This work reads like a novel although it is based upon solid scholarship. Beginning in the year 1715 and ending in 1759 the narrative unspools a day-to-day log of events depicting the French, English, and Native American players in the struggle for control of the western frontier. George Washington's early adventures with frontiersman Christopher Gist and his subsequent clashes with the French are richly documented as is Gen. Edward Braddock's disastrous defeat in 1755.

Albert Gallatin, by John Austin Stevens, (Houghton, Mifflin and Company, Boston and New York, 1883 and 1898). 423 pages

Part of a thirty-two volume "American Statesman" series, this well illustrated book balances the issues Gallatin dealt with on the Pennsylvania frontier (the Whiskey Rebellion and Constitutional debates, for example), and his later ascendancy within the Federal government (Congress and as Secretary of the Treasury). Gallatin's career is is remarkable and sadly neglected in American history - this work does much to address the impact of the of the subsequent development of the United States made by the Swiss immigrant who settled at Friendship Hill, near New Geneva, Fayette county in 1789. His leading role in the Louisiana Purchase, negotiation of the Treaty of Ghent and his success as a New York banker following his retirement, are all covered in detail.

Great American Legislators, by Howard W. Caidwell, (J.H. Miller, Publisher Chicago, 1900).

A collection of essays, containing a short, but incisive work on Albert Gallatin.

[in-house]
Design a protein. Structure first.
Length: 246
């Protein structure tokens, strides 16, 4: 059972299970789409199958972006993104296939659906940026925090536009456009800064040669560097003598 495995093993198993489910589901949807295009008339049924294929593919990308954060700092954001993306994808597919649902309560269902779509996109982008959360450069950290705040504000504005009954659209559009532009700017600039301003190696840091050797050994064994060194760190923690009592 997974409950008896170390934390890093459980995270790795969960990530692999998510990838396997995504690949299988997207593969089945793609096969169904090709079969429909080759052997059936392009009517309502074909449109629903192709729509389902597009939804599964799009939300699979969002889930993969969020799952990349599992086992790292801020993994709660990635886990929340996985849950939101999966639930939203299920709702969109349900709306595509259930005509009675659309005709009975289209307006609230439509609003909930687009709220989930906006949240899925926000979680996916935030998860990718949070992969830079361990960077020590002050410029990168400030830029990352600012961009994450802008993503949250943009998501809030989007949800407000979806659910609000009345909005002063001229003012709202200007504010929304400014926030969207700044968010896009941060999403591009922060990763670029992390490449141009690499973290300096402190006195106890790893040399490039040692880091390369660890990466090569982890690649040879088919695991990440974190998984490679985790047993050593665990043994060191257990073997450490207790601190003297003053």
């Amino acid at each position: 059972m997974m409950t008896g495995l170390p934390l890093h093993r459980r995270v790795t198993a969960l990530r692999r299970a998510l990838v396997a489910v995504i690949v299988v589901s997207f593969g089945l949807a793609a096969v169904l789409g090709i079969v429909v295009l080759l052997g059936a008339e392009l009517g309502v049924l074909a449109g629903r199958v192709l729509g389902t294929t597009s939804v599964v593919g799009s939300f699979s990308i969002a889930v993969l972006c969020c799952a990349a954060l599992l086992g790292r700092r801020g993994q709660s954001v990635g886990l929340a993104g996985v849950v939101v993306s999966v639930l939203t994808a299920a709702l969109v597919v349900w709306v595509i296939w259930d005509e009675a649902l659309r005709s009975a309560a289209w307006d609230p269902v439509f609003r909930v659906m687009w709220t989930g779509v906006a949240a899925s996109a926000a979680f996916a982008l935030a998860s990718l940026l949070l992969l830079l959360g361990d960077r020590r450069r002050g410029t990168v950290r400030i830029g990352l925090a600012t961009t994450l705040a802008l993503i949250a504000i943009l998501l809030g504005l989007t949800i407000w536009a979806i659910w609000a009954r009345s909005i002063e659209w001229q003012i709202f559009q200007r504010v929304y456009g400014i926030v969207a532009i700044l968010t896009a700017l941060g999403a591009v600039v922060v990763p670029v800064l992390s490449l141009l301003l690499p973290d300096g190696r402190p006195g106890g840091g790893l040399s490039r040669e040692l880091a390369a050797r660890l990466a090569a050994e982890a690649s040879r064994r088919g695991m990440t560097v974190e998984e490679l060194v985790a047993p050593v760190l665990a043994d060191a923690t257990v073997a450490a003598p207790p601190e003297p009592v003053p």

Lafayette, by W.E. Woodward, (Farrar and Rinehart, Inc., New York and Toronto 1938)

Offers a personalized perspective of the statesman's extraordinary career. As with most
Lafayette biographies, Fayette county goes unmentioned in the story of his heroic return to the
United States in 1824 - 25. Still, a well written and easily read book.

Life of General LaFayette, by Bayard Tuckerman, (Dodd, Mead and Company, New York, 1889), 2 vols. 541 pages.

Scholarly treatment of the brilliant career of French nobleman turned American patriot and Republican. Though Lafayette is Fayette County's namesake, his memorable visit to the county and reunion with Albert Gallatin is not mentioned - this is well documented, however in James's Hadden's History of Uniontown. Tuckerman's work is most prized for its explanation of Lafayette's political affiliations and affections throughout the American and French Revolutions. Contains beautiful, high quality portrait engravings.

NATIONAL ROAD (U.S. Route 40).

The Old Pike A History of the National Road, with Incidents, Accidents and Anecdotes Thereon, By Thomas B. Searight (Privately Published, 1894) . 384 pages.